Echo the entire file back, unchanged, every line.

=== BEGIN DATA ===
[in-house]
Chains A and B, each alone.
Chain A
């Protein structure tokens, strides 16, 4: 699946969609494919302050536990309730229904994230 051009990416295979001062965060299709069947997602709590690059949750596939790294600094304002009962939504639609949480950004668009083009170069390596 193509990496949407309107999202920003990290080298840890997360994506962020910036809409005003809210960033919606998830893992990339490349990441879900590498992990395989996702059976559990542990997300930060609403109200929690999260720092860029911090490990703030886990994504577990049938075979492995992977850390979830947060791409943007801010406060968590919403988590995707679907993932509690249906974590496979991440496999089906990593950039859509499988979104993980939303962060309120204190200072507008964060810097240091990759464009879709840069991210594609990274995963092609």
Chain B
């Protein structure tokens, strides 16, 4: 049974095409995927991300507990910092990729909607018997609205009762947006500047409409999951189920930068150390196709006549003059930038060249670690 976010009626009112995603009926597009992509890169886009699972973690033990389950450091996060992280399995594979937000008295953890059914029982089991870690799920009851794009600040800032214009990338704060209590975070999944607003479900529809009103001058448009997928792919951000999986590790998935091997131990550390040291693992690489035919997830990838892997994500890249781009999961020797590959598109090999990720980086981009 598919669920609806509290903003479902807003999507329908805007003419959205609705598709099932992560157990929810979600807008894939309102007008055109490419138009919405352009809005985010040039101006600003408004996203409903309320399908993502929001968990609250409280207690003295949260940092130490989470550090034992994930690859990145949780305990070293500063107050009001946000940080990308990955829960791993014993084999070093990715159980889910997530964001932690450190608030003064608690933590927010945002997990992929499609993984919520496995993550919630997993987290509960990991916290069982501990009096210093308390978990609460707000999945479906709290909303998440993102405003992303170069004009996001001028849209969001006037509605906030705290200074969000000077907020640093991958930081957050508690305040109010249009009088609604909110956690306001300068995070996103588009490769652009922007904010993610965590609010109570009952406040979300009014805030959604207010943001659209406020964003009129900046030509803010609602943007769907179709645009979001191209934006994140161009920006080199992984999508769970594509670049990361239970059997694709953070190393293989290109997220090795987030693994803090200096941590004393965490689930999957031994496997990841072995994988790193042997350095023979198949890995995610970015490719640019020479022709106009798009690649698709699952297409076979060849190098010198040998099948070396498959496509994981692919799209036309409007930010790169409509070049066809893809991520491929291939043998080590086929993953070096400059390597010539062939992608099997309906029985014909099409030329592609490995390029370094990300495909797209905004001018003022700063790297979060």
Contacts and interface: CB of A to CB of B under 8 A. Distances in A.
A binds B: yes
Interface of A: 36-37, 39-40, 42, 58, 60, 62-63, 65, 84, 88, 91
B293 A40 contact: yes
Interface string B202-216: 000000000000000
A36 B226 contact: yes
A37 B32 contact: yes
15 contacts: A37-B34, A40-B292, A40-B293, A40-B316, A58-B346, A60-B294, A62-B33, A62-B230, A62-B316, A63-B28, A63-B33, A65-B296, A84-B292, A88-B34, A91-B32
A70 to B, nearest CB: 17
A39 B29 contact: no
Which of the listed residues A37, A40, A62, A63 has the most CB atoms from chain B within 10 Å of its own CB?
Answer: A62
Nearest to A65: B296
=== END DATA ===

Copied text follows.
[in-house]
Chains A and B, each alone.
Chain A
């Protein structure tokens, strides 16, 4: 699946969609494919302050536990309730229904994230 051009990416295979001062965060299709069947997602709590690059949750596939790294600094304002009962939504639609949480950004668009083009170069390596 193509990496949407309107999202920003990290080298840890997360994506962020910036809409005003809210960033919606998830893992990339490349990441879900590498992990395989996702059976559990542990997300930060609403109200929690999260720092860029911090490990703030886990994504577990049938075979492995992977850390979830947060791409943007801010406060968590919403988590995707679907993932509690249906974590496979991440496999089906990593950039859509499988979104993980939303962060309120204190200072507008964060810097240091990759464009879709840069991210594609990274995963092609």
Chain B
């Protein structure tokens, strides 16, 4: 049974095409995927991300507990910092990729909607018997609205009762947006500047409409999951189920930068150390196709006549003059930038060249670690 976010009626009112995603009926597009992509890169886009699972973690033990389950450091996060992280399995594979937000008295953890059914029982089991870690799920009851794009600040800032214009990338704060209590975070999944607003479900529809009103001058448009997928792919951000999986590790998935091997131990550390040291693992690489035919997830990838892997994500890249781009999961020797590959598109090999990720980086981009 598919669920609806509290903003479902807003999507329908805007003419959205609705598709099932992560157990929810979600807008894939309102007008055109490419138009919405352009809005985010040039101006600003408004996203409903309320399908993502929001968990609250409280207690003295949260940092130490989470550090034992994930690859990145949780305990070293500063107050009001946000940080990308990955829960791993014993084999070093990715159980889910997530964001932690450190608030003064608690933590927010945002997990992929499609993984919520496995993550919630997993987290509960990991916290069982501990009096210093308390978990609460707000999945479906709290909303998440993102405003992303170069004009996001001028849209969001006037509605906030705290200074969000000077907020640093991958930081957050508690305040109010249009009088609604909110956690306001300068995070996103588009490769652009922007904010993610965590609010109570009952406040979300009014805030959604207010943001659209406020964003009129900046030509803010609602943007769907179709645009979001191209934006994140161009920006080199992984999508769970594509670049990361239970059997694709953070190393293989290109997220090795987030693994803090200096941590004393965490689930999957031994496997990841072995994988790193042997350095023979198949890995995610970015490719640019020479022709106009798009690649698709699952297409076979060849190098010198040998099948070396498959496509994981692919799209036309409007930010790169409509070049066809893809991520491929291939043998080590086929993953070096400059390597010539062939992608099997309906029985014909099409030329592609490995390029370094990300495909797209905004001018003022700063790297979060």
Contacts and interface: CB of A to CB of B under 8 A. Distances in A.
A binds B: yes
Interface of A: 36-37, 39-40, 42, 58, 60, 62-63, 65, 84, 88, 91
B293 A40 contact: yes
Interface string B202-216: 000000000000000
A36 B226 contact: yes
A37 B32 contact: yes
15 contacts: A37-B34, A40-B292, A40-B293, A40-B316, A58-B346, A60-B294, A62-B33, A62-B230, A62-B316, A63-B28, A63-B33, A65-B296, A84-B292, A88-B34, A91-B32
A70 to B, nearest CB: 17
A39 B29 contact: no
Which of the listed residues A37, A40, A62, A63 has the most CB atoms from chain B within 10 Å of its own CB?
Answer: A62
Nearest to A65: B296